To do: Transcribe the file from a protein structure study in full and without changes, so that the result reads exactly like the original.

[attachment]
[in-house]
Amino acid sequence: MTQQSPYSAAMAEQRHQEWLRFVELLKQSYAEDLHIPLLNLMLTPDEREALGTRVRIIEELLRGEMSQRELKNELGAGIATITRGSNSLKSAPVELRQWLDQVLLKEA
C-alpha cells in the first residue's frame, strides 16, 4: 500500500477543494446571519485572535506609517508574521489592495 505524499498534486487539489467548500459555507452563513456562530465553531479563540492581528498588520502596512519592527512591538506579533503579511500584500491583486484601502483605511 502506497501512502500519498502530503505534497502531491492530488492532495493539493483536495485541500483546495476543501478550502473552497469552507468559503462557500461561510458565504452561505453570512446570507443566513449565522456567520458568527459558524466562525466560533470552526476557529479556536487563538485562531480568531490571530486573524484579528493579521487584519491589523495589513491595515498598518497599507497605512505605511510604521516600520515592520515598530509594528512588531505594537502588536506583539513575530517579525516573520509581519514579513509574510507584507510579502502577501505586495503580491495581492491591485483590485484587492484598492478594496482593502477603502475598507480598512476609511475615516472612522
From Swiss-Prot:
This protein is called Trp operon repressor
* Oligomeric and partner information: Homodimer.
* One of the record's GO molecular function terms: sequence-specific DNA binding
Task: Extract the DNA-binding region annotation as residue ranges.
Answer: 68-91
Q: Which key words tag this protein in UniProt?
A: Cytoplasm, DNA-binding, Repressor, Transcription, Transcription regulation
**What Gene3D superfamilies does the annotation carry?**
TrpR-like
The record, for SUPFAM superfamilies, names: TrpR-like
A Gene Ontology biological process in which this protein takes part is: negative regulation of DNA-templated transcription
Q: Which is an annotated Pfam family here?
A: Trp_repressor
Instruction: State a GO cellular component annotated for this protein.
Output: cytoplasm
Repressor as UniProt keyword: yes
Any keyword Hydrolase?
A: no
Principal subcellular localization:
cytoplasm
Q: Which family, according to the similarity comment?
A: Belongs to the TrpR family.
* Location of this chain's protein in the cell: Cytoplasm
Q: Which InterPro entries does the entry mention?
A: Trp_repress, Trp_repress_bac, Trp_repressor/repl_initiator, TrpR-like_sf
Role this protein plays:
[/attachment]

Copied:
[in-house]
Amino acid sequence: MTQQSPYSAAMAEQRHQEWLRFVELLKQSYAEDLHIPLLNLMLTPDEREALGTRVRIIEELLRGEMSQRELKNELGAGIATITRGSNSLKSAPVELRQWLDQVLLKEA
C-alpha cells in the first residue's frame, strides 16, 4: 500500500477543494446571519485572535506609517508574521489592495 505524499498534486487539489467548500459555507452563513456562530465553531479563540492581528498588520502596512519592527512591538506579533503579511500584500491583486484601502483605511 502506497501512502500519498502530503505534497502531491492530488492532495493539493483536495485541500483546495476543501478550502473552497469552507468559503462557500461561510458565504452561505453570512446570507443566513449565522456567520458568527459558524466562525466560533470552526476557529479556536487563538485562531480568531490571530486573524484579528493579521487584519491589523495589513491595515498598518497599507497605512505605511510604521516600520515592520515598530509594528512588531505594537502588536506583539513575530517579525516573520509581519514579513509574510507584507510579502502577501505586495503580491495581492491591485483590485484587492484598492478594496482593502477603502475598507480598512476609511475615516472612522
From Swiss-Prot:
This protein is called Trp operon repressor
* Oligomeric and partner information: Homodimer.
* One of the record's GO molecular function terms: sequence-specific DNA binding
Task: Extract the DNA-binding region annotation as residue ranges.
Answer: 68-91
Q: Which key words tag this protein in UniProt?
A: Cytoplasm, DNA-binding, Repressor, Transcription, Transcription regulation
**What Gene3D superfamilies does the annotation carry?**
TrpR-like
The record, for SUPFAM superfamilies, names: TrpR-like
A Gene Ontology biological process in which this protein takes part is: negative regulation of DNA-templated transcription
Q: Which is an annotated Pfam family here?
A: Trp_repressor
Instruction: State a GO cellular component annotated for this protein.
Output: cytoplasm
Repressor as UniProt keyword: yes
Any keyword Hydrolase?
A: no
Principal subcellular localization:
cytoplasm
Q: Which family, according to the similarity comment?
A: Belongs to the TrpR family.
* Location of this chain's protein in the cell: Cytoplasm
Q: Which InterPro entries does the entry mention?
A: Trp_repress, Trp_repress_bac, Trp_repressor/repl_initiator, TrpR-like_sf
Role this protein plays: